Asking a crush out can be one of the most heart-fluttering, faint-inducing experiences in the world. On the other hand, getting rejected can make you feel like you will never be able to put yourself out there again. But fret not: Hearing stories from other folks who have
asked someone out and were rejected can help to soothe your ego. There are so many reasons you should channel Dory from Finding Nemo and just keeping swimming — because there are so many other fish in the sea. Dad jokes aside, it's totally OK to feel the whole range of emotions that rejection can elicit.
It can be easy to metabolize being rejected as something that reflects your worth as a person, or to feel isolated, because it's an inherently solo experience. But remember that someone could be turning you down for a
million different reasons that have nothing to do with you! They could be taken, uninterested in dating at the moment or processing something that make them emotionally unavailable. Alternatively, if their reason for turning you down is because they aren't interested in you — that's OK, too. Rejection doesn't reduce your worth as a person. You are undoubtedly honest and brave in putting yourself out there.
Here's how to handle asking someone out and getting rejected, according to seven people.
When Practice Doesn't Make Perfect, But Def Makes You Stronger
I go up to guys all the time and tell them, 'You are so handsome.' They're not often super interested, but I like to do it because I would rather say what I am thinking than not know what could happen. It does feel sh*tty in the moment of getting rejected. But... I think doing it so often helps my confidence because I am not as afraid of it.
— Emily, 23
When You Learn A Lot From The Less-Than-Fun Experience
In college, I used to ask these femme straight girls out a lot. They would always respond with, like, 'Oh, I really like you too but I just can't,' which was annoying. The lesson I learned from that is I stopped asking out straight girls, because why was I doing that.
— Jime, 26
When You Finally Shoot Your Shot And Feel Peace About It Regardless
I think getting rejected may have been the best thing that happened to me. I have always been so scared of rejection, so much that it kept me from going after a lot of guys in high school and college that I really liked. After graduation, I told one of my best friends I liked him and I got rejected. While it felt sh*tty, it was not as bad as I imagined. Now I feel empowered to say what I feel because I know I am strong — and I will always be there to catch myself.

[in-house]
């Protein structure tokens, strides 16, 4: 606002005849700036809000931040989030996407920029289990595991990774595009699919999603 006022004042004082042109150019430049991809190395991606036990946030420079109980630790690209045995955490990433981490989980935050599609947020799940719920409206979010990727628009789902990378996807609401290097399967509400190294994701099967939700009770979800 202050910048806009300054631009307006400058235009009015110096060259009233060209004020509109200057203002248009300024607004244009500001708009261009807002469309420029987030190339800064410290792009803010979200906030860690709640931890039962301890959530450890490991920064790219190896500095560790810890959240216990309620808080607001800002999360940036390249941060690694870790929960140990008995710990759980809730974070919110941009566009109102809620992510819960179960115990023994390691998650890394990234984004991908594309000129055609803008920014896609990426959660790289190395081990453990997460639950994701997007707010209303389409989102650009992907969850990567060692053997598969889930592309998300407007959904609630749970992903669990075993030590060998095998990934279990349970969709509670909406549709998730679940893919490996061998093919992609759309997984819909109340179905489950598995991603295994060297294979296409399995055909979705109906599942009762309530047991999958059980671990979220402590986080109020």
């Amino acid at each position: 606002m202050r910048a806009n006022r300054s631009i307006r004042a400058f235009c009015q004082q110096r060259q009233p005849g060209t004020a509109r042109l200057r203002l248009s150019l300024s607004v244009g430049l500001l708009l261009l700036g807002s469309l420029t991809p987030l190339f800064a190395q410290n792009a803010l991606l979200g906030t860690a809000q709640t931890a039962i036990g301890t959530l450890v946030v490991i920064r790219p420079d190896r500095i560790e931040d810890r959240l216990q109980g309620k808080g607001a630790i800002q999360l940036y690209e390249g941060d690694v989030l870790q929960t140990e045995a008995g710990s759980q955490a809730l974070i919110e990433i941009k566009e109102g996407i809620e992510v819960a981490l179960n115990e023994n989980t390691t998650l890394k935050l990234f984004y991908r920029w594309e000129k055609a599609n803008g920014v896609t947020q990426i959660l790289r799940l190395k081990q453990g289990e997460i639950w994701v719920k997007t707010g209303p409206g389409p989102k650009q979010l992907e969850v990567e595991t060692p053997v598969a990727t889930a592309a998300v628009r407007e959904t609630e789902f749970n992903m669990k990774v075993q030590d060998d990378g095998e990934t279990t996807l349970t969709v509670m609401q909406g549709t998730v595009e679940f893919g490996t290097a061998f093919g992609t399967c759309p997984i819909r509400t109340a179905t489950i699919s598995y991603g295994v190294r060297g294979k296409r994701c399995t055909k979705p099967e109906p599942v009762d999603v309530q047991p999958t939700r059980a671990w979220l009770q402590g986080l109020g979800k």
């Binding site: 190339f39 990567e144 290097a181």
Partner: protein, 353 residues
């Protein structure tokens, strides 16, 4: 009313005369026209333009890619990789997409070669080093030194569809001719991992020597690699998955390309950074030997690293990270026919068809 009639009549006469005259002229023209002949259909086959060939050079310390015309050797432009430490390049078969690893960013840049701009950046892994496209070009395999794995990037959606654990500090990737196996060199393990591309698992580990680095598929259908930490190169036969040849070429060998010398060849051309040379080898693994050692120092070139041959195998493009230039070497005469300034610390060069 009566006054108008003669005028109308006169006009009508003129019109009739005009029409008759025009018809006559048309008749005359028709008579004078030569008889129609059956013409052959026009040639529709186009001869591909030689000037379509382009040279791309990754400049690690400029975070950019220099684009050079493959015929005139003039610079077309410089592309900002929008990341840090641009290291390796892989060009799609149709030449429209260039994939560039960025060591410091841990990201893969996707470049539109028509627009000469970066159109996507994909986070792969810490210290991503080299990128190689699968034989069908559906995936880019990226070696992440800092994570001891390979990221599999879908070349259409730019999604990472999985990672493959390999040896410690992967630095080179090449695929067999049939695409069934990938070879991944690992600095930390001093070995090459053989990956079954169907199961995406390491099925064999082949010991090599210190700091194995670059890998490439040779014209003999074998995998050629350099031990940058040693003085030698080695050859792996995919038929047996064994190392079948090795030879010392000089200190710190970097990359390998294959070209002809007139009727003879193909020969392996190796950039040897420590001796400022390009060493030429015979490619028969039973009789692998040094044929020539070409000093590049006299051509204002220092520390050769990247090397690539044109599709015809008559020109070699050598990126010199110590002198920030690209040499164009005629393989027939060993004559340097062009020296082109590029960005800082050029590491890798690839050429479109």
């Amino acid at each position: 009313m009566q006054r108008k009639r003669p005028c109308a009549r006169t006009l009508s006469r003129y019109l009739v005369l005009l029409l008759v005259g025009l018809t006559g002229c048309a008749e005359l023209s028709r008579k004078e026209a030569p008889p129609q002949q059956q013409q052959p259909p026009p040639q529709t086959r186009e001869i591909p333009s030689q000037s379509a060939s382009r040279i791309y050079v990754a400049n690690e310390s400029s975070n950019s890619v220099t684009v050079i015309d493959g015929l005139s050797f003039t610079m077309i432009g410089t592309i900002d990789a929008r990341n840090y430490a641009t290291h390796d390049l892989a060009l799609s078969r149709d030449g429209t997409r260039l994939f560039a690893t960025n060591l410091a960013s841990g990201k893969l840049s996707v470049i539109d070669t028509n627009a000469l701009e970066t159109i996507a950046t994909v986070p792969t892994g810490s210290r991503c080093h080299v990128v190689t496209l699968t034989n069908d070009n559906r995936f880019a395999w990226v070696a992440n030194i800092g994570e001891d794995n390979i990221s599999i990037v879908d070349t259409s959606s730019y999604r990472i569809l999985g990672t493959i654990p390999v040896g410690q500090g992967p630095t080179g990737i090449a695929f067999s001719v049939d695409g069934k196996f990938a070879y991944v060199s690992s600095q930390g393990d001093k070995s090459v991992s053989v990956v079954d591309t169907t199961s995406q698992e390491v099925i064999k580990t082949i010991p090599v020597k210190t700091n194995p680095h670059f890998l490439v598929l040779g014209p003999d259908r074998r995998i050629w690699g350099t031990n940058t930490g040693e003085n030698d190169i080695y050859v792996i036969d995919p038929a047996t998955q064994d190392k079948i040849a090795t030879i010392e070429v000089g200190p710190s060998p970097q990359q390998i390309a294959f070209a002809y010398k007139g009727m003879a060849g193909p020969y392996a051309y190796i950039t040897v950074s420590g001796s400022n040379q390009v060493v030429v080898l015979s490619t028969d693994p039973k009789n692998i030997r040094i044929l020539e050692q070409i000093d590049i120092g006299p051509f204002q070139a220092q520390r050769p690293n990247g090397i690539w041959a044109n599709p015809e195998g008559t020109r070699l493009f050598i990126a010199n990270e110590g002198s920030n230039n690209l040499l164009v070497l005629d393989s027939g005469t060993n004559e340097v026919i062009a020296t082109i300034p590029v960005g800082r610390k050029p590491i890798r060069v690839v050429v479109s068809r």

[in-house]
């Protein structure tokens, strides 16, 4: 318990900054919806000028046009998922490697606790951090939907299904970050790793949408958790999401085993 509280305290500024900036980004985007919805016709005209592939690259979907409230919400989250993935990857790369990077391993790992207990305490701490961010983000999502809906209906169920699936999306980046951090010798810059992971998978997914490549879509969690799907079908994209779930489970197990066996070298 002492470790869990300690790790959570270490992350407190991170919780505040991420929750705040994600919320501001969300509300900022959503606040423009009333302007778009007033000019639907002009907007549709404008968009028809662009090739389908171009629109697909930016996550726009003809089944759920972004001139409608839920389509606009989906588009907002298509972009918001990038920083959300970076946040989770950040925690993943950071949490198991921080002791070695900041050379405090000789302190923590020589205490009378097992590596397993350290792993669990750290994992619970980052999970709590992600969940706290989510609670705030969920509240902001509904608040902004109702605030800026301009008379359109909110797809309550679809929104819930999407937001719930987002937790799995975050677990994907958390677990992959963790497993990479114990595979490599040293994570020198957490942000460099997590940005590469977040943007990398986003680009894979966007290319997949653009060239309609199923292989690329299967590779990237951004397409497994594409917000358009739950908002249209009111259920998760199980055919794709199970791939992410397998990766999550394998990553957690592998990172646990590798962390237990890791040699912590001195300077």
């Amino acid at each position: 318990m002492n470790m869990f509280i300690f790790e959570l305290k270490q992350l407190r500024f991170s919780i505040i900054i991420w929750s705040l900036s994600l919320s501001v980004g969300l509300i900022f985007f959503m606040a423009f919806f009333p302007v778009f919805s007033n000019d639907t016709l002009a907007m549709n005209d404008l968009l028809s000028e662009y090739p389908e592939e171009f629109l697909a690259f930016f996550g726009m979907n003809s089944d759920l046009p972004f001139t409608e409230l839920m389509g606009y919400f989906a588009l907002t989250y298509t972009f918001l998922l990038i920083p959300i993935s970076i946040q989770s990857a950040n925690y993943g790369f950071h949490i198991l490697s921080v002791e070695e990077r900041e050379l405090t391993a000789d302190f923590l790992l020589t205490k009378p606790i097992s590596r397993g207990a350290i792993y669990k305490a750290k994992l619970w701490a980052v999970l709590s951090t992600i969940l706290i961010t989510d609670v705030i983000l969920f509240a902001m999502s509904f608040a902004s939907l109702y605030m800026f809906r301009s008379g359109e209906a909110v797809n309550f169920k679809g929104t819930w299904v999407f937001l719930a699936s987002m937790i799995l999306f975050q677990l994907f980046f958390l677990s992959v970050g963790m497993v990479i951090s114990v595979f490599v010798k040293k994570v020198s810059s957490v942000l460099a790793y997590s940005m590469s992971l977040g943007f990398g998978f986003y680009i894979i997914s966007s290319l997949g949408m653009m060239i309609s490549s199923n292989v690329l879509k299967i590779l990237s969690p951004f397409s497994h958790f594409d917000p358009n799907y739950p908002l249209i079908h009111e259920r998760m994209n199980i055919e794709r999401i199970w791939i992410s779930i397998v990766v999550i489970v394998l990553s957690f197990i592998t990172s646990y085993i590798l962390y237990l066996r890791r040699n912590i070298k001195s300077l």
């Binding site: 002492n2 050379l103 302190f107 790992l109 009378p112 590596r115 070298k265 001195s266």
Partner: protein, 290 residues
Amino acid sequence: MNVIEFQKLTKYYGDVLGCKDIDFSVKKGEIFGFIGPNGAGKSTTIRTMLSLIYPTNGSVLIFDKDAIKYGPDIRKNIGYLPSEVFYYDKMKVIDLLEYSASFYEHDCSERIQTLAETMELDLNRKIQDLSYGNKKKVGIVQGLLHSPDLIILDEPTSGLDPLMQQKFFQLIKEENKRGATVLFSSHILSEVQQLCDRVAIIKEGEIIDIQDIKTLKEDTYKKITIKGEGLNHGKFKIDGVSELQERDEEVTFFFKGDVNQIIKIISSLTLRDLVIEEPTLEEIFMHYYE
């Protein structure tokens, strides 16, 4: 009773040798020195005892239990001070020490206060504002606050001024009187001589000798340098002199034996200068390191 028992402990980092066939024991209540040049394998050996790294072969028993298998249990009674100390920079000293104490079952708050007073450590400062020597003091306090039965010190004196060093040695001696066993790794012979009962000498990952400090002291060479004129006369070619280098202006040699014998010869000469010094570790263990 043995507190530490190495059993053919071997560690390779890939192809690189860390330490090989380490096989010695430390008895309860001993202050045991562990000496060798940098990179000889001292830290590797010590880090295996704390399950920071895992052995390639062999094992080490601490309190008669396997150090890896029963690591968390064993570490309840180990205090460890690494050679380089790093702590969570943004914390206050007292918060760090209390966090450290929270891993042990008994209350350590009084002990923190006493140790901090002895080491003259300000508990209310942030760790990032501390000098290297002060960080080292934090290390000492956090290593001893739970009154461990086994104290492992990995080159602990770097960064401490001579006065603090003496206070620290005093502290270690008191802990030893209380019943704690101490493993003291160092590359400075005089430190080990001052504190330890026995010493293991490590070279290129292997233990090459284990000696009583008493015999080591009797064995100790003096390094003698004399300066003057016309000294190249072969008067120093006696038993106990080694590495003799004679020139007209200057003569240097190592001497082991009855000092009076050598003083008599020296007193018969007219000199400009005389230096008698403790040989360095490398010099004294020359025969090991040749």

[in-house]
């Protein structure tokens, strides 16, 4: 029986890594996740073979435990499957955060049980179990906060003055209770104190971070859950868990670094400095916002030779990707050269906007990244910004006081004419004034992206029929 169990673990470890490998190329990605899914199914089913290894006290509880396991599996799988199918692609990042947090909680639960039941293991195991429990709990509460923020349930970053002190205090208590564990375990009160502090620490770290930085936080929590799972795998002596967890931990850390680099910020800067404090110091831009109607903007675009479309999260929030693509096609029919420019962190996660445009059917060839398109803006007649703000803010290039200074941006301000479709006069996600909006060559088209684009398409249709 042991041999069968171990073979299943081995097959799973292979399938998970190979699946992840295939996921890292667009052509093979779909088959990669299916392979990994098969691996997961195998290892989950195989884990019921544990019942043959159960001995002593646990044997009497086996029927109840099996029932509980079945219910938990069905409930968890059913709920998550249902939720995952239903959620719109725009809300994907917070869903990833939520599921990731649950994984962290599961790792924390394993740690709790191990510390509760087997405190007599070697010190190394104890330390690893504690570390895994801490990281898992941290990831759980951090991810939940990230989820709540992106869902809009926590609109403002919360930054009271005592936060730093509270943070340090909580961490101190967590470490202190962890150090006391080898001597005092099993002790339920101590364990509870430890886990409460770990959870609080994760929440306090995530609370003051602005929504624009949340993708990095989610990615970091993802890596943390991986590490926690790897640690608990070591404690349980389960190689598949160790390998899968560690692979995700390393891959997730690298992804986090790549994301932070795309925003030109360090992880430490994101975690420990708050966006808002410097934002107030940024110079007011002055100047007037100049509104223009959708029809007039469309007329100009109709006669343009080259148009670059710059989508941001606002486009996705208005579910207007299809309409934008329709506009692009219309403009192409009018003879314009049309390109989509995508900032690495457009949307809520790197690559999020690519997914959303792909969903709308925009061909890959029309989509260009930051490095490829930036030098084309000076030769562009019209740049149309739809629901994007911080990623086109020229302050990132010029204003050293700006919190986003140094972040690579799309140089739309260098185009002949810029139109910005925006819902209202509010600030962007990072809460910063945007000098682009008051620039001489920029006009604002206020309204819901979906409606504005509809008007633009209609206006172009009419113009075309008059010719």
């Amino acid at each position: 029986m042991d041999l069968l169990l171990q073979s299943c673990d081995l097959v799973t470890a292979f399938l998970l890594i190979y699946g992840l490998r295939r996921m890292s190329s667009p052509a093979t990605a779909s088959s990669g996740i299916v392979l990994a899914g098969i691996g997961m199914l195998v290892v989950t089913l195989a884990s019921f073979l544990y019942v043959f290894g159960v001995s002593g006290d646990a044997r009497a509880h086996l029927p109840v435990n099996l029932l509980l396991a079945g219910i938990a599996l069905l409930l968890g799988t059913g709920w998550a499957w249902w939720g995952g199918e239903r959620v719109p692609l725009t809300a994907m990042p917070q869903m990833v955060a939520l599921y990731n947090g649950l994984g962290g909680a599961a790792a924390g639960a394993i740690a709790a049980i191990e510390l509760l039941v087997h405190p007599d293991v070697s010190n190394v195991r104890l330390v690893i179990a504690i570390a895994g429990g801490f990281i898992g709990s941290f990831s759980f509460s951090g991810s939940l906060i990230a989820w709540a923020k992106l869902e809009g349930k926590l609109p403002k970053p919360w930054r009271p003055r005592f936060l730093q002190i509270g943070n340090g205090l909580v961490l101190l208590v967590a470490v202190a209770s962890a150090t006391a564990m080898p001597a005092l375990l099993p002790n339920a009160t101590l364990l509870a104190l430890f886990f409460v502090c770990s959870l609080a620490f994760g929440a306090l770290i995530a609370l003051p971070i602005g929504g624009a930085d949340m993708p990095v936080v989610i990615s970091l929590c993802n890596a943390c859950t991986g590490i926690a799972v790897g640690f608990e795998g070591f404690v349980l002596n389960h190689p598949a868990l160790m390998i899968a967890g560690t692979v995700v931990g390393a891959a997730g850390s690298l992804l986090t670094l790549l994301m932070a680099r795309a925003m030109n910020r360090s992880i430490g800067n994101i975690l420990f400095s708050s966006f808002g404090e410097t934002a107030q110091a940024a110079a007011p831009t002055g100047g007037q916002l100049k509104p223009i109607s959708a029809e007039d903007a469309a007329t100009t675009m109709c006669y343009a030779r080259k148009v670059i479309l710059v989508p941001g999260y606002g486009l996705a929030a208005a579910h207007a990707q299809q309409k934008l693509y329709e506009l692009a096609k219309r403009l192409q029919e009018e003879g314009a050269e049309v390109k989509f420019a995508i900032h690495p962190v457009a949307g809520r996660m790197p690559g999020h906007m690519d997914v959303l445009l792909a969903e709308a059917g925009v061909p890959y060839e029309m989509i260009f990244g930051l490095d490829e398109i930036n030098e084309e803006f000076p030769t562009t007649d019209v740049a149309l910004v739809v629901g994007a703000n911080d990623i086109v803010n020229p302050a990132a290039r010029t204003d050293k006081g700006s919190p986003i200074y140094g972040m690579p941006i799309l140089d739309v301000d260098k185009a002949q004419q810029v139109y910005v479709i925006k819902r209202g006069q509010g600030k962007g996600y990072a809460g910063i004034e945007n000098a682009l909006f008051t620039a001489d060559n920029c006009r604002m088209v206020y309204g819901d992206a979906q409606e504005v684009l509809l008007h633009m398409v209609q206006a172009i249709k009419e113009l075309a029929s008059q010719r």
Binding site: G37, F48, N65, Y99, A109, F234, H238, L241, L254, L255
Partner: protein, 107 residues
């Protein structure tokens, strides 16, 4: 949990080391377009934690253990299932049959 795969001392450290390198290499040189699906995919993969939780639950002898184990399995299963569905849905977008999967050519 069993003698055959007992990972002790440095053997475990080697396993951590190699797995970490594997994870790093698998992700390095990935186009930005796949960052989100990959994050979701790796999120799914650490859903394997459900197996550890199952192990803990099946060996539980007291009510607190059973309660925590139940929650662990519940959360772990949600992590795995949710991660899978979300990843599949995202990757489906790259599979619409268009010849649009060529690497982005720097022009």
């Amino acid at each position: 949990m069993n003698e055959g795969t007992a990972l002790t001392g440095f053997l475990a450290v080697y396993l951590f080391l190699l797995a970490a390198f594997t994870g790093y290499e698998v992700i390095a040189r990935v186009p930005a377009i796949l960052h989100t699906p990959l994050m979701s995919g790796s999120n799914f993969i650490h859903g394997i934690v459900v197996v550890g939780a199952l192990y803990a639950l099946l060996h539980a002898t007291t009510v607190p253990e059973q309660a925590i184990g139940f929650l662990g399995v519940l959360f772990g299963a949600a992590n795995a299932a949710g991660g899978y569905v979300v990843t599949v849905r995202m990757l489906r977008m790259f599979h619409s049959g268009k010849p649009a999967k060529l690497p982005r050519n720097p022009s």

— Gisele, 24
When An Experience Stays With You For A... While
I had a crush on a quiet boy I'd befriended in my science class. I went up to his locker at the end of the day, and said 'Hey I like you.' He looked stunned, so I said, 'OK bye,' and left. We never discussed it again. I think it emboldened me, and I didn't even mind he didn't say anything, but my friends made up a song and dance called "Rejected!" So my advice is to have better friends who support you shooting your shot and won't sing and dance at your expense in gym class.
— Maren, 24
When You Take Everything As A Learning Experience
"[After being rejected] I just try and remember that romantic and sexual attraction don't have to come from who I had in mind, and platonic love is not any lesser. It's not a loss, just a recalibration. Also I think societally we put a lot of anxiety into possibility of rejection to the point where we don't want to ask consent at all or explain our feelings for fear of what they mean. Being able to be vulnerable with someone and trust them to be open about such things is itself a gain no matter what the reaction is. And it sets a precedent for openness... It makes a difference to put yourself out there for all that it means.
— Nat, 26
When You Count Your Losses And Keep Going
I haven’t been rejected when asking someone out on a date (blessed), but I have been rejected when trying to take something casual to something more serious, which is not great for the ego. I hate the cliché: 'there are plenty of fish in the sea,' but to be perfectly real — there are so many d*mn fish in the sea. So many people who will find you funny and attractive and level with your brain. And some of them are gonna be a great time for a little while and some of them are gonna be amazing for a long time and maybe even forever. But not every great person you meet is going to have a place in your life.
— Kaylis, 23
I've been rejected when asking people out about twice in my life (which is also how many times I've taken the initiative to ask people out, ha). One time was when I was studying abroad in Italy and I kissed this beautiful Italian guy on my birthday and he was not interested later on. It was pretty embarrassing! I had to really reckon with my ideas about rejection after that. And then another time I asked this girl I was crushing on to get coffee and she was like, "Yea, let me check my calendar" and didn't get back to me. That was recently. I guess I just cut my losses on that one. I don't know if I have a lot of advice when it comes to this because it's pretty straight up scary and hard. Props to the people asking others out on the reg!
— Ann,* 23
It's pretty awesome of these folks to
put themselves out there in this way. If someone you liked has turned you down, it's truly OK to retreat for a bit and just feel all the feels. But it's clear from these folks that the experience can actually have a positive impact long-term. Here's to shooting your shot, regardless of whether or not you actually make it — because it's all about giving it a try. *Names have been changed for privacy of contributor Don't miss a thing
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